The “lazy ignorant Southerner” label is more than just a stereotype – for many it’s a fact. Many blame it on ‘the humidity’. As transplanted yankee living in the South, I realize that could very well be.
Well, after I quit laughing at them, I said, well, I am not a prepper, I am prepped! Meaning that I know what to do when the time comes. I do not need to watch reality TV to know what to do and I certainly do not need anyone else giving me advice when they think that “the meat in grocery stores are from animals that are not harmed!”
So, the city folk quit debating me when I asked them what they would do if ever something happened. Not one could answer and they clammed up. I ended by saying:
“I know exactly what to do, I don’t have to research anything. unlike people like you. You will go steal what you want, or try to. Won’t make it far, because the people who are able to survive will not put up with looters like you.”
Well, maybe I was a little harsh, but such is life and if you want to survive, you learn how to take care of yourself. I have no problem in saying that if anything ever happened, I would still be fat and happy as I am right now. City folk, not so much. If nothing else, it will be interesting to see how things go!
So, with that being said, I am very proud to be a Redneck from West Virginia!
What a great article!! Keep being PROUD!
Very interesting! Redneck like some other words have taken on a derogatory connotation when in fact there is nothing “bad” about it! You keep being proud, everyone should be proud of who they are…and if they are not then they should change 🙂 Thanks for stopping by my blog…btw I am from NY living in Dallas…so not a redneck, more like a Yankee 🙂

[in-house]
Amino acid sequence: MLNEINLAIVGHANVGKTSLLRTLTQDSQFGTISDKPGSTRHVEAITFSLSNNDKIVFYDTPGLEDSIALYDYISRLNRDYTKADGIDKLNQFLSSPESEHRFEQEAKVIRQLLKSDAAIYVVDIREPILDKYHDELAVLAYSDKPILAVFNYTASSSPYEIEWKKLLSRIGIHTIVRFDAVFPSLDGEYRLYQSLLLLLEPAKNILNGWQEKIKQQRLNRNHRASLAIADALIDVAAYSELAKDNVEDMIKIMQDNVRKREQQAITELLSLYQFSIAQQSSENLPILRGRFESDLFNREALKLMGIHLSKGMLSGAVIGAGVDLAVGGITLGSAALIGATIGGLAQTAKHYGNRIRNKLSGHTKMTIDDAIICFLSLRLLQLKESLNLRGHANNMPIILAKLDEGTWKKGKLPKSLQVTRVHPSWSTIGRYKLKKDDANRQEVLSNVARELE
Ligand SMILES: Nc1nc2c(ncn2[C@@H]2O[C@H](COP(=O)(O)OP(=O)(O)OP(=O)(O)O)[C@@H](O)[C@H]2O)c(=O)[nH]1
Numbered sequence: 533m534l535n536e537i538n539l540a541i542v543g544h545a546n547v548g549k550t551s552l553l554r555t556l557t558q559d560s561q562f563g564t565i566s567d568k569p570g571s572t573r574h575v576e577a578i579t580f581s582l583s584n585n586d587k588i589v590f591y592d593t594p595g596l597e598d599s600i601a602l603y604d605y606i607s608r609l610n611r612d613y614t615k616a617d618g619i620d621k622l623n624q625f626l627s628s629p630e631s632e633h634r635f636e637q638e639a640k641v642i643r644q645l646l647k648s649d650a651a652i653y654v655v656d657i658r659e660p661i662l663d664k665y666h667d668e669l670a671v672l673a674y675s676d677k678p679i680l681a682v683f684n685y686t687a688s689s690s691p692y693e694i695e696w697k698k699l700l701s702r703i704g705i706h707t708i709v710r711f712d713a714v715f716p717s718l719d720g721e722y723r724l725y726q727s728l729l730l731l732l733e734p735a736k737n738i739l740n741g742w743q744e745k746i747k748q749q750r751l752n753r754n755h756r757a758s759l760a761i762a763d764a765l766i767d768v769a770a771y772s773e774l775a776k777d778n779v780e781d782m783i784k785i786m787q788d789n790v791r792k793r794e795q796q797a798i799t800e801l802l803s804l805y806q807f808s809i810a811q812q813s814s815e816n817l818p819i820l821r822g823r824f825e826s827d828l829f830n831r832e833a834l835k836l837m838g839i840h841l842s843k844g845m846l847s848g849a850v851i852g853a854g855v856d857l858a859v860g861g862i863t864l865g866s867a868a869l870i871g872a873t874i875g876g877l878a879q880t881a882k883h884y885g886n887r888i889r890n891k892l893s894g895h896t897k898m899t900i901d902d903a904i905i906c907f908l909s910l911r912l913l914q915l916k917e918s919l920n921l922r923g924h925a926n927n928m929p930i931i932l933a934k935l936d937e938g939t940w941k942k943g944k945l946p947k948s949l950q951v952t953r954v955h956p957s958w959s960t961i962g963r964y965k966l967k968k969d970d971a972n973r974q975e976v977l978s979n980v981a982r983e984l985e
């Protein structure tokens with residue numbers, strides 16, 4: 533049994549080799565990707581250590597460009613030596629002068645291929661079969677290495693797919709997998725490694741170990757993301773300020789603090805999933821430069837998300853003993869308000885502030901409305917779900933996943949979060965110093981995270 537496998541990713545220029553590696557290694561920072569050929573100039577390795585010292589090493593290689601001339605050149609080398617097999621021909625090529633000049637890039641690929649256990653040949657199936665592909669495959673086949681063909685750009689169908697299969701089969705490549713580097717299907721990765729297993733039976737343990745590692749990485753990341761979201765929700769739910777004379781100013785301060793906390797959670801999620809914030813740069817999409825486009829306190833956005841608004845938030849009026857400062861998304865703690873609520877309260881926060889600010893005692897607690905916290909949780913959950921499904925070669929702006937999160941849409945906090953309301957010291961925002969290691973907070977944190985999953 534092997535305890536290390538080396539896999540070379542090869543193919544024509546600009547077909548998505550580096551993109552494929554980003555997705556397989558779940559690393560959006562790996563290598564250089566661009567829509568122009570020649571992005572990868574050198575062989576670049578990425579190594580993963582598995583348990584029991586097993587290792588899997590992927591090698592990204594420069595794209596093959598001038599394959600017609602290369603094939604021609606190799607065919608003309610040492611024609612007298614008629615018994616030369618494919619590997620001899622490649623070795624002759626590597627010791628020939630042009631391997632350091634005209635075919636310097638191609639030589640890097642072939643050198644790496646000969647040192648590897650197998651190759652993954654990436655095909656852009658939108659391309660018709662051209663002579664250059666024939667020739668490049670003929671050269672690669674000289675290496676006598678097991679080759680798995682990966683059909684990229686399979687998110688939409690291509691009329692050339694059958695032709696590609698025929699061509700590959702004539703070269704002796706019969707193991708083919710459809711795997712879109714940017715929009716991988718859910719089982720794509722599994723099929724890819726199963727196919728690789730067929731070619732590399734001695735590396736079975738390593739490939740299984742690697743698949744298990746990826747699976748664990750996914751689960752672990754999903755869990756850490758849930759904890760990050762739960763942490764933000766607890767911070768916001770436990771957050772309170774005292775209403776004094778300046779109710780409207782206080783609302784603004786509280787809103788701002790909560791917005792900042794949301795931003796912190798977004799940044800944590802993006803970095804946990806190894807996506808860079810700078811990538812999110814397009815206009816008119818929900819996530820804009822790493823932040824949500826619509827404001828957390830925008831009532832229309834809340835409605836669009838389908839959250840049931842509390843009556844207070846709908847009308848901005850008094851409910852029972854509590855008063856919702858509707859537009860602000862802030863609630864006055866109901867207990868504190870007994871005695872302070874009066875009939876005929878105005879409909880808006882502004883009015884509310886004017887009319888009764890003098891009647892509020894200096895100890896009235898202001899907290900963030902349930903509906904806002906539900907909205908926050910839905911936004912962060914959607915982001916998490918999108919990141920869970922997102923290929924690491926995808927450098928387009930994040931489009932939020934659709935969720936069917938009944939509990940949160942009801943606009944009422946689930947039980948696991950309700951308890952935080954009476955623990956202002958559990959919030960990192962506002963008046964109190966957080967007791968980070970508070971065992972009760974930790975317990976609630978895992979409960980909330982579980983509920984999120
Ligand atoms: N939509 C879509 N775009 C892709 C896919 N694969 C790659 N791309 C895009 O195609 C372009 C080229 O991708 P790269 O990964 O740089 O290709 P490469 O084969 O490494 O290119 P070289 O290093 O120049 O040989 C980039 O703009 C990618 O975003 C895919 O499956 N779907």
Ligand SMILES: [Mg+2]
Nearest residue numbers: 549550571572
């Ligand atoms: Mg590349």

Thank you Judy. I appreciate that. 🙂
Kudos to you, from this proud member of the city crowd. The jackasses you smacked down above are about as useful to our distinct culture as the worst of the Deliverance crowd is to yours. I’ve grown up alongside rednecks, broken bread with rednecks, hoisted a few with rednecks, even helped get a few elected in the course of my professional life. City guy at heart though I may always happily be, you will never — I repeat, never — see me run down redneck culture.
Now, if you’ll excuse me, I have an organic cheese board with pairings to compose. Vive la difference! ::snicker!::
Thank you for your comment. I know a few folks that are decent city folks like yourself and I appreciate you all. I just have to laugh when the “others” start with their infinite wisdom.
Yup, lots of us have much the same problem in reverse as you mentioned in your post; i.e. having to convince way too many rednecks that we’re not all Kardashians. I feel your pain.
Grew up in the country, now live in a (smallish) city because I’m a brown gay guy.
I like rednecks for their down-to-earth sensibilities, warmth, friendliness, sense of community, and self-reliance. I definitely have some redneck in me because of where I was raised, and am proud of this.
What I don’t like, however, are the rednecks who are proud to be ignorant of and bigoted against anyone who isn’t just like them.